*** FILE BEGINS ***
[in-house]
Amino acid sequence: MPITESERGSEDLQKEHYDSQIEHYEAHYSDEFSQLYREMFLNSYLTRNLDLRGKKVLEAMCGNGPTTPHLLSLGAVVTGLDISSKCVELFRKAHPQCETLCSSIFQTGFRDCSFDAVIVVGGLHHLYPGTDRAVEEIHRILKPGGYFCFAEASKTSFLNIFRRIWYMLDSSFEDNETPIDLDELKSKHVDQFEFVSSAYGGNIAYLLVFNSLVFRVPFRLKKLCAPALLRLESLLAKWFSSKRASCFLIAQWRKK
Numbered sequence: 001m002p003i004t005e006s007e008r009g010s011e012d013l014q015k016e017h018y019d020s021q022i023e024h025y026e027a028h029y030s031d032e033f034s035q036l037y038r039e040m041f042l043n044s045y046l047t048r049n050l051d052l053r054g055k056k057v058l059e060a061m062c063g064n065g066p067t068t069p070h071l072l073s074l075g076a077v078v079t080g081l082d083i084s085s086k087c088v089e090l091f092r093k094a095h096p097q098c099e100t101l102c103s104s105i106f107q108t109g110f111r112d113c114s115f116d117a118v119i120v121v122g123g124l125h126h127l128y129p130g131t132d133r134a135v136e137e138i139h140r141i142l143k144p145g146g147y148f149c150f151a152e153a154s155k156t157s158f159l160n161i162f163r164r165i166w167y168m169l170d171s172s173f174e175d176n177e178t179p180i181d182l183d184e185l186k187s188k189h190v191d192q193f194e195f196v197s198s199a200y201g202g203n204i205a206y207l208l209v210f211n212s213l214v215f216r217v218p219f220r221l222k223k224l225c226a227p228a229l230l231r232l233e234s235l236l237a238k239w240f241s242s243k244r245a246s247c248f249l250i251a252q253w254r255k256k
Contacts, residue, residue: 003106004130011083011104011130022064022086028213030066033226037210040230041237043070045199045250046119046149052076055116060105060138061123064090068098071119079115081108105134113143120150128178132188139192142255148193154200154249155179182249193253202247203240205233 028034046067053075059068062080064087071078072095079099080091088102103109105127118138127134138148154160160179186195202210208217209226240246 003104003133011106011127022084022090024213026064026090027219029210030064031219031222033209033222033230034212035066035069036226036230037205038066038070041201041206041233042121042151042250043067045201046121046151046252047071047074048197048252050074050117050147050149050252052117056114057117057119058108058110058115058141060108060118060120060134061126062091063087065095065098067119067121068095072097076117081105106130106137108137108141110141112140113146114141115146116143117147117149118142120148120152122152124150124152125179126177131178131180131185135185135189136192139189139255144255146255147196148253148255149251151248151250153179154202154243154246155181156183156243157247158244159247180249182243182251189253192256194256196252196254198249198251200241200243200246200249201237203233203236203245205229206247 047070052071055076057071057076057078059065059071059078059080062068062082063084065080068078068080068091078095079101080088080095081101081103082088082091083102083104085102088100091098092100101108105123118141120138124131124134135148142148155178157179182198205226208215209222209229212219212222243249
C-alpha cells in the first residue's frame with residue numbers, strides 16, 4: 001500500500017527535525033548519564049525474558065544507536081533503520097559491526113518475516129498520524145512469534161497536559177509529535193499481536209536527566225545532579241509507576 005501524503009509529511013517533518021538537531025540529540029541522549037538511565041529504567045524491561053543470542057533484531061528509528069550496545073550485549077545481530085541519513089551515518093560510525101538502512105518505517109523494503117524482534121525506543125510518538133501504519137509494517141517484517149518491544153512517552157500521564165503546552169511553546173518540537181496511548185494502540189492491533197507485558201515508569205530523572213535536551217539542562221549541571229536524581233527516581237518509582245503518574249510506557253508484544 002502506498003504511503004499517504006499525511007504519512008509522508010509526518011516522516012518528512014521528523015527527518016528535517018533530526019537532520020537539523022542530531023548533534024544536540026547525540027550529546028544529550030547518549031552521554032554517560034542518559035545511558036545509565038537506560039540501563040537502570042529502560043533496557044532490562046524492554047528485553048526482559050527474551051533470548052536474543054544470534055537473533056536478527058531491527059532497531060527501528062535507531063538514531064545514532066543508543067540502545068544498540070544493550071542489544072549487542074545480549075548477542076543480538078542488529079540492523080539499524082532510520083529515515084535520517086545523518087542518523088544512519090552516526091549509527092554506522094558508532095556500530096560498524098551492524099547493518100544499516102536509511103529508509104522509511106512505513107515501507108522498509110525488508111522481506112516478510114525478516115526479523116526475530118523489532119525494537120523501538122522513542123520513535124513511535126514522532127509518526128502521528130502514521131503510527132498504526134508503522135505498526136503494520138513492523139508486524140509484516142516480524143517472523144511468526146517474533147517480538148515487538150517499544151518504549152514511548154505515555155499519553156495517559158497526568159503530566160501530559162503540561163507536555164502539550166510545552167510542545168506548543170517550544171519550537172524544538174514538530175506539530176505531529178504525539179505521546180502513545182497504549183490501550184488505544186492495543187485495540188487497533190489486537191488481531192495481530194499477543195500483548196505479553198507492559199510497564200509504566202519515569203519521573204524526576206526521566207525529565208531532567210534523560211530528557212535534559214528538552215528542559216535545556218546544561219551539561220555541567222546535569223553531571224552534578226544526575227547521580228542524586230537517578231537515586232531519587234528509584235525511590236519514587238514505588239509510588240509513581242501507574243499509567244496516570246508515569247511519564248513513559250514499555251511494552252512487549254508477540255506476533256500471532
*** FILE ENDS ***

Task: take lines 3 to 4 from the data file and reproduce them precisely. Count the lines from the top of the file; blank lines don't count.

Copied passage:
Numbered sequence: 001m002p003i004t005e006s007e008r009g010s011e012d013l014q015k016e017h018y019d020s021q022i023e024h025y026e027a028h029y030s031d032e033f034s035q036l037y038r039e040m041f042l043n044s045y046l047t048r049n050l051d052l053r054g055k056k057v058l059e060a061m062c063g064n065g066p067t068t069p070h071l072l073s074l075g076a077v078v079t080g081l082d083i084s085s086k087c088v089e090l091f092r093k094a095h096p097q098c099e100t101l102c103s104s105i106f107q108t109g110f111r112d113c114s115f116d117a118v119i120v121v122g123g124l125h126h127l128y129p130g131t132d133r134a135v136e137e138i139h140r141i142l143k144p145g146g147y148f149c150f151a152e153a154s155k156t157s158f159l160n161i162f163r164r165i166w167y168m169l170d171s172s173f174e175d176n177e178t179p180i181d182l183d184e185l186k187s188k189h190v191d192q193f194e195f196v197s198s199a200y201g202g203n204i205a206y207l208l209v210f211n212s213l214v215f216r217v218p219f220r221l222k223k224l225c226a227p228a229l230l231r232l233e234s235l236l237a238k239w240f241s242s243k244r245a246s247c248f249l250i251a252q253w254r255k256k
Contacts, residue, residue: 003106004130011083011104011130022064022086028213030066033226037210040230041237043070045199045250046119046149052076055116060105060138061123064090068098071119079115081108105134113143120150128178132188139192142255148193154200154249155179182249193253202247203240205233 028034046067053075059068062080064087071078072095079099080091088102103109105127118138127134138148154160160179186195202210208217209226240246 003104003133011106011127022084022090024213026064026090027219029210030064031219031222033209033222033230034212035066035069036226036230037205038066038070041201041206041233042121042151042250043067045201046121046151046252047071047074048197048252050074050117050147050149050252052117056114057117057119058108058110058115058141060108060118060120060134061126062091063087065095065098067119067121068095072097076117081105106130106137108137108141110141112140113146114141115146116143117147117149118142120148120152122152124150124152125179126177131178131180131185135185135189136192139189139255144255146255147196148253148255149251151248151250153179154202154243154246155181156183156243157247158244159247180249182243182251189253192256194256196252196254198249198251200241200243200246200249201237203233203236203245205229206247 047070052071055076057071057076057078059065059071059078059080062068062082063084065080068078068080068091078095079101080088080095081101081103082088082091083102083104085102088100091098092100101108105123118141120138124131124134135148142148155178157179182198205226208215209222209229212219212222243249